Scottish government 'still backs Heathrow'
The Scottish government says it remains "supportive" of a third runway at Heathrow despite SNP MPs abstaining in a Commons vote on Monday.
Transport Minister Humza Yousaf said the government still backed the project in principle.
But he said SNP MPs were "absolutely right" to demand guarantees about the benefits to Scotland.
The Conservatives claimed the abstention was "another grievance-stoking stunt" by the SNP.
And the Greens said the Scottish government's continuing support for the Heathrow project left it without "any shred of credibility" on climate change.
The Scottish government has been a long-time backer of the Heathrow expansion plan, formally backing the bid in 2016 after the airport made a list of commitments to Scotland, including creating up to 16,000 jobs and investing £200m in the country.
The government said on Sunday it "looks forward to Scotland seeing the benefits" of a third runway being built at the airport.
But the next day, SNP MPs announced they would be abstaining in the vote because the UK government had "failed to make the case" for the move.
The UK government also faced opposition in its own ranks, with a number of Conservatives who represent seats on Heathrow's flight path rebelling - and Foreign Secretary Boris Johnson missing the vote because he was in Afghanistan.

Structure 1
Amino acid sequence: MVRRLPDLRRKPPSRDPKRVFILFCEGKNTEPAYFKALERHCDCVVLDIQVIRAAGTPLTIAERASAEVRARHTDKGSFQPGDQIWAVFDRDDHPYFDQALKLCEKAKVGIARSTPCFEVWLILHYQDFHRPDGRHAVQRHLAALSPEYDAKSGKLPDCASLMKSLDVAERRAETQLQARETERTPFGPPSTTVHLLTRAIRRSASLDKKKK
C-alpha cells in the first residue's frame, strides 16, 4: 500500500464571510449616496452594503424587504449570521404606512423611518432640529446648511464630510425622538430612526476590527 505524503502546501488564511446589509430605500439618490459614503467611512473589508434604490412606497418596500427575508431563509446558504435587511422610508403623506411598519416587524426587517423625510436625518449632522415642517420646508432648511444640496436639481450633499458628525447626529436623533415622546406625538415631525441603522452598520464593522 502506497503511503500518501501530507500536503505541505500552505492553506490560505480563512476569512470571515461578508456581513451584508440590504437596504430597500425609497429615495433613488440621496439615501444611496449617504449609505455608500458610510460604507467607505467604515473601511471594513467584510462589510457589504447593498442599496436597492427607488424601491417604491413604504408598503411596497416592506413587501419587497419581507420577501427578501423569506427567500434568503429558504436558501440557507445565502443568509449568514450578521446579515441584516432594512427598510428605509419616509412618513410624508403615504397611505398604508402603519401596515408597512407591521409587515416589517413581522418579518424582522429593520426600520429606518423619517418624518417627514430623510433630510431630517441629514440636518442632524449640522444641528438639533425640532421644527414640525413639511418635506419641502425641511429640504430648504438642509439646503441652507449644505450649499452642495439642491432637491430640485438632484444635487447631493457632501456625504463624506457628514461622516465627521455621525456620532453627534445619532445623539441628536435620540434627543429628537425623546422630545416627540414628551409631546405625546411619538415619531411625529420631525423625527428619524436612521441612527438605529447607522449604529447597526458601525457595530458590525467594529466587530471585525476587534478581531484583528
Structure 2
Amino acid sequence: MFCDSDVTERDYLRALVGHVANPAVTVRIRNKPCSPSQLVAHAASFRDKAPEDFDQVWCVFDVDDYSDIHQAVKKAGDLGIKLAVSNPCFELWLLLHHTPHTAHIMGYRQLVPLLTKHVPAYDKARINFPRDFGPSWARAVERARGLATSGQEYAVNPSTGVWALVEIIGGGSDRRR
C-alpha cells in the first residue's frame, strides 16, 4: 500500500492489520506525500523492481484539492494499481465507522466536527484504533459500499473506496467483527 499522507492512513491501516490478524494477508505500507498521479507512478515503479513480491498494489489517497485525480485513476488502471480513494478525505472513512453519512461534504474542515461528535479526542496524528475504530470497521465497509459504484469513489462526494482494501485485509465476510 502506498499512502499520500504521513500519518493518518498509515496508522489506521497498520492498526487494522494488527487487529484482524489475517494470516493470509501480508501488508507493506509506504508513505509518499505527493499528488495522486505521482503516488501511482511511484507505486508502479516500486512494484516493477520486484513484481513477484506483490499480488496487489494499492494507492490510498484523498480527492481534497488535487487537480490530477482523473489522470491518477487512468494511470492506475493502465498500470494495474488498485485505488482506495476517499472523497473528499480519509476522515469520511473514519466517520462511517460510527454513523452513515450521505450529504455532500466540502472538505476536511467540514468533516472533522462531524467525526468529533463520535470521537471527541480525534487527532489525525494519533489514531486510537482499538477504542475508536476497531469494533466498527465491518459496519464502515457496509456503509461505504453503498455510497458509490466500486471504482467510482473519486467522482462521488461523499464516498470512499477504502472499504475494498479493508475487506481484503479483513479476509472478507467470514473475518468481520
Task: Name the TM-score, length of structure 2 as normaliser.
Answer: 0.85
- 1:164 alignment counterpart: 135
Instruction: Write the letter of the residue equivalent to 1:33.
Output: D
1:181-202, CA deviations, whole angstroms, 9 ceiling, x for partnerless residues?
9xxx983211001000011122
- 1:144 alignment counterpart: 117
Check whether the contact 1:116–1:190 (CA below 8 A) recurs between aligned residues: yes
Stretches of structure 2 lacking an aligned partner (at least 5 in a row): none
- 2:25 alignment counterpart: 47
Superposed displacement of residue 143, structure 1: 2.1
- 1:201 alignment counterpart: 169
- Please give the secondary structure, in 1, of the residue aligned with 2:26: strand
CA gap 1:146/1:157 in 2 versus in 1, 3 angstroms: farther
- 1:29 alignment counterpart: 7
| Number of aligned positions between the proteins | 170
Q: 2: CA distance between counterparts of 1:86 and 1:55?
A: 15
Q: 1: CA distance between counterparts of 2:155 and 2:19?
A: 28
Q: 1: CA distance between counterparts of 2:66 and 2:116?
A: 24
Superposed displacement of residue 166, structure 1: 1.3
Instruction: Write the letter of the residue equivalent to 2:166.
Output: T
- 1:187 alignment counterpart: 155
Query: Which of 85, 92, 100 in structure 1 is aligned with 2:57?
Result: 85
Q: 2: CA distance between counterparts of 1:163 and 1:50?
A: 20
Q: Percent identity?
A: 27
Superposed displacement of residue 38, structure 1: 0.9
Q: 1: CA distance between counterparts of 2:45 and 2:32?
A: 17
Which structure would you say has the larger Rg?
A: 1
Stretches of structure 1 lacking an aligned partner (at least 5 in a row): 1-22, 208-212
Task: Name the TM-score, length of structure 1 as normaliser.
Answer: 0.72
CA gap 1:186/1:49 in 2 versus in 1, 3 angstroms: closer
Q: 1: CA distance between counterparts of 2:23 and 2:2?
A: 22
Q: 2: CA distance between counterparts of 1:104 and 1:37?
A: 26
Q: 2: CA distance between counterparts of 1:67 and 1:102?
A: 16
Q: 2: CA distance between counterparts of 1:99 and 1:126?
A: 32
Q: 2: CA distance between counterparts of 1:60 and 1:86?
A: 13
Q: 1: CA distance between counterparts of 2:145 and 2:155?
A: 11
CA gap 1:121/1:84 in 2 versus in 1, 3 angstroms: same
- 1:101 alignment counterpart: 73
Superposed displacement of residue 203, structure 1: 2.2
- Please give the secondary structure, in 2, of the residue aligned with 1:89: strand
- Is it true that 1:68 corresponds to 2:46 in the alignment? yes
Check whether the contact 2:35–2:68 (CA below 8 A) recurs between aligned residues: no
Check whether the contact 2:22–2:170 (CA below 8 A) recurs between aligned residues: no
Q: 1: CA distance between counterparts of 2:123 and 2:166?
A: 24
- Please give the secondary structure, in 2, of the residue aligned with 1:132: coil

The Commons eventually overwhelmingly supported the government's plan by 415 votes to 119.
Mr Yousaf was questioned about the issue at the Scottish Parliament on Tuesday.
He responded by saying the government "welcomes that the third runway project is now moving to the stage of Heathrow applying for a development consent order".
But he said "some MPs across all the political parties were not persuaded to support the UK government's national policy statement".
Mr Yousaf added: "It is now incumbent on the UK government to build more confidence in the process and more clearly set out the economic benefits which a third runway at Heathrow can deliver throughout the UK.
"The Scottish government's position remains that Scotland should benefit proportionately from the new runway capacity, and this should be subject to guarantee."
It has been claimed the project would create around 100 new flights to Scotland, but Mr Yousaf said his party's MPs had been "absolutely right" to demand guarantees that this would happen, and assurances on environmental issues.
Conservative MSP Jamie Greene said SNP MPs had "ducked out in another grievance-stoking stunt in Westminster".
He added: "Doesn't this go to show that given the choice between stirring up an argument or boosting jobs and the economy in Scotland, for the SNP it's always party first and everything else second."
And Liberal Democrat MSP Mike Rumbles said the SNP's stance was an "unmitigated embarrassment", given that former Economy Secretary Keith Brown had "engaged extensively with Heathrow" and signed a memorandum of understanding.